In the long term, however, the 53-foot trailer may replace the truck as the basic unit of truck capacity. 

“We’re beginning a new era not just of trailer pools but consolidation of full truckload services in a more efficient way,” David Jackson, CEO of Knight-Swift Transportation Holdings, the largest US truckload operator, said in an interview in early May following the company’s first-quarter earnings report. 

In this case, consolidation does not mean acquiring large numbers of smaller carriers but bringing those carriers into trailer pools managed by large companies such as Knight-Swift, Schneider National, or J.B. Hunt Transport Services as “power-only” providers, increasing capacity for high-volume shippers.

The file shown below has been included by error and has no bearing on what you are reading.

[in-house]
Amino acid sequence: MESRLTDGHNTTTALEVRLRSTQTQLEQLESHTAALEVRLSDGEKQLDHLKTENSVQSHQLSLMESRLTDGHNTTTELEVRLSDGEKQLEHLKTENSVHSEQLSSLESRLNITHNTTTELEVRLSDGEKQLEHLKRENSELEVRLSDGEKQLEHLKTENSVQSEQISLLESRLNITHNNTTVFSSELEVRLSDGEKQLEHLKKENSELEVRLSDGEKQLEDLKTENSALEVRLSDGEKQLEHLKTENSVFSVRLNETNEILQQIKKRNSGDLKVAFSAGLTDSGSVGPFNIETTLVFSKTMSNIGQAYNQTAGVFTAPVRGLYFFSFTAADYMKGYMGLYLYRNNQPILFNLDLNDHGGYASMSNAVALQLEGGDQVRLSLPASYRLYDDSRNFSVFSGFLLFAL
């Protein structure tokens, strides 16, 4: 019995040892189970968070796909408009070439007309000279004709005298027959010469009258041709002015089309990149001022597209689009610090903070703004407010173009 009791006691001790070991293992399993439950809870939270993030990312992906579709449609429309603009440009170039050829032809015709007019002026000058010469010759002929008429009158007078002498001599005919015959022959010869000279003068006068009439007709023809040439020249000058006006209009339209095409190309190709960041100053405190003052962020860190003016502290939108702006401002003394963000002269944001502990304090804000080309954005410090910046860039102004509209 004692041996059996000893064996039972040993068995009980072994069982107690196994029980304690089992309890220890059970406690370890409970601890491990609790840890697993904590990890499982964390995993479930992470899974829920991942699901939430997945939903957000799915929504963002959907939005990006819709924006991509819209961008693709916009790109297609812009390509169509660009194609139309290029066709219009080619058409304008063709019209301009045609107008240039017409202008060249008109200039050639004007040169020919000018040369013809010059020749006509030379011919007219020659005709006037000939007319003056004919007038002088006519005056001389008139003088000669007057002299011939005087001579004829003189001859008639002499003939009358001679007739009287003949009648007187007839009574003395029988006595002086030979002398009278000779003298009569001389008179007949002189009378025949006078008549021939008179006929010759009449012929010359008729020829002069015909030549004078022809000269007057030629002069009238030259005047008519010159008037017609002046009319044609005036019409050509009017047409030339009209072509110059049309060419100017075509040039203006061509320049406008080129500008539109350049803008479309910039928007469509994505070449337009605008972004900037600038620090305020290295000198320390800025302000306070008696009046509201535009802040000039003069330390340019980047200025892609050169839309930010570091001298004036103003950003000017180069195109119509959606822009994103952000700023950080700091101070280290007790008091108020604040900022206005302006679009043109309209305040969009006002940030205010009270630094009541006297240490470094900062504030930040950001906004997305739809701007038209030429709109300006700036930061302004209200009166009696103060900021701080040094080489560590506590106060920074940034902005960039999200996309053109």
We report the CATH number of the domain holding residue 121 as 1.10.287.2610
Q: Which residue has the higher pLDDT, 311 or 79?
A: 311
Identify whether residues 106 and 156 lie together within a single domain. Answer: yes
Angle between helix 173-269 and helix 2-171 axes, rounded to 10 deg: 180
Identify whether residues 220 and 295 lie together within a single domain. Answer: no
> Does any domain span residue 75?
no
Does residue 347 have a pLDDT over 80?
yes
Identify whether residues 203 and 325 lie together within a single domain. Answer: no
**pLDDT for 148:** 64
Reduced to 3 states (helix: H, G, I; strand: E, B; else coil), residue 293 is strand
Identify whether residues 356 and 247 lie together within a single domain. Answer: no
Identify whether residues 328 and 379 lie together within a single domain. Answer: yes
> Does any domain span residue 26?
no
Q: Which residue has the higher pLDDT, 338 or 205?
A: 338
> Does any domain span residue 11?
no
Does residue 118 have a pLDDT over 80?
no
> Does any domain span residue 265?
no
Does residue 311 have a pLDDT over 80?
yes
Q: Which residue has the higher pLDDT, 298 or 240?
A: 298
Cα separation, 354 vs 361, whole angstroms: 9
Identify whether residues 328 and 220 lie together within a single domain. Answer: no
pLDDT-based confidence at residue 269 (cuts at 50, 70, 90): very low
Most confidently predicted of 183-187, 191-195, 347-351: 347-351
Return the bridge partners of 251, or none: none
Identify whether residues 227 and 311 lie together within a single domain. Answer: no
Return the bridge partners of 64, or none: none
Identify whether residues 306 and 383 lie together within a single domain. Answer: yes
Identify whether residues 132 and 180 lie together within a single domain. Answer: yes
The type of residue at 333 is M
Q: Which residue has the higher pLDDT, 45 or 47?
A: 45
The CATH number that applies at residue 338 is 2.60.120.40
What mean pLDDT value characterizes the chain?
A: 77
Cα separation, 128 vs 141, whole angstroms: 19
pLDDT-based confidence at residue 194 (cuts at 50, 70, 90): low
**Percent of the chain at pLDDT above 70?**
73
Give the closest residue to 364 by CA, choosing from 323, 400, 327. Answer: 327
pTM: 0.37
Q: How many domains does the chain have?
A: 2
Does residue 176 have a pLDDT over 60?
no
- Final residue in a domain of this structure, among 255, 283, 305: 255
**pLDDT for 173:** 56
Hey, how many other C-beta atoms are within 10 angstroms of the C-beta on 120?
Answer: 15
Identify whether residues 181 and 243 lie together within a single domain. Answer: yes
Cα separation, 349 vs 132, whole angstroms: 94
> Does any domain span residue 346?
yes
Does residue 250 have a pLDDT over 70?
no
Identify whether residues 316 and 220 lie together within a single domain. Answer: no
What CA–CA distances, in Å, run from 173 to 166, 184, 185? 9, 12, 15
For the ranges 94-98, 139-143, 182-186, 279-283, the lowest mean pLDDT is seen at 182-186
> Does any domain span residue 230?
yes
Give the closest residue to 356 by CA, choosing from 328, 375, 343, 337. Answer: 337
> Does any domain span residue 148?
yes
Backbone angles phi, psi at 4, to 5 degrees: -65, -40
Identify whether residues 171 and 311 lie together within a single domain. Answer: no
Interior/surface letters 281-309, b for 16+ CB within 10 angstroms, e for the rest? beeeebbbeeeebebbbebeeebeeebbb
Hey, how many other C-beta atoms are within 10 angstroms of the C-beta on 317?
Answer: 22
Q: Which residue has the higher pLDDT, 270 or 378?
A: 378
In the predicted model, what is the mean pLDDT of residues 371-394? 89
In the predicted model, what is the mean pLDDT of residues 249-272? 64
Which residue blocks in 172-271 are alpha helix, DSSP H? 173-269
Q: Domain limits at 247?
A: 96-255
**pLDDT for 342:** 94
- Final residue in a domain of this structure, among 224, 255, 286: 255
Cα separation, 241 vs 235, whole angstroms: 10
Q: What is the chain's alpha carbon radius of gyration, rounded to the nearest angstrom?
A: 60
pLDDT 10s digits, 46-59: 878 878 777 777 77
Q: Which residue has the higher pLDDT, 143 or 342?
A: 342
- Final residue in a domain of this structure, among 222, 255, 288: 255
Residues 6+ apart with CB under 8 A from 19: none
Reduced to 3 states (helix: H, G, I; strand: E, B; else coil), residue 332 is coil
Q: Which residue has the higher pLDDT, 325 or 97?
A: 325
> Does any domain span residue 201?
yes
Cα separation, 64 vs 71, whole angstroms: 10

Brokers, from C.H. Robinson and GlobalTranz to Convoy and Transfix are also offering trailer pool services using their networks of small carriers and independent drivers, much as Knight-Swift and other asset-based carriers are doing. Technology is enabling the expansion of these services. 

“Having a real-time view of where the trailers are and whether loaded or unloaded has a huge impact on making trailer pools successful,” Will Chu, co-founder and CEO of logistics technology company Vector, said in a May 17 interview. “The trailer is very much a shared resource across companies.” 

Jackson said Knight-Swift has seen “huge demand” for its fleet of 71,000 trailers spread across multiple subsidiaries, and its trailer pool and power-only business “has been hugely successful.” The benefit for the shipper: “We can mitigate volatility.” All that is needed is more trailers, and there is the rub.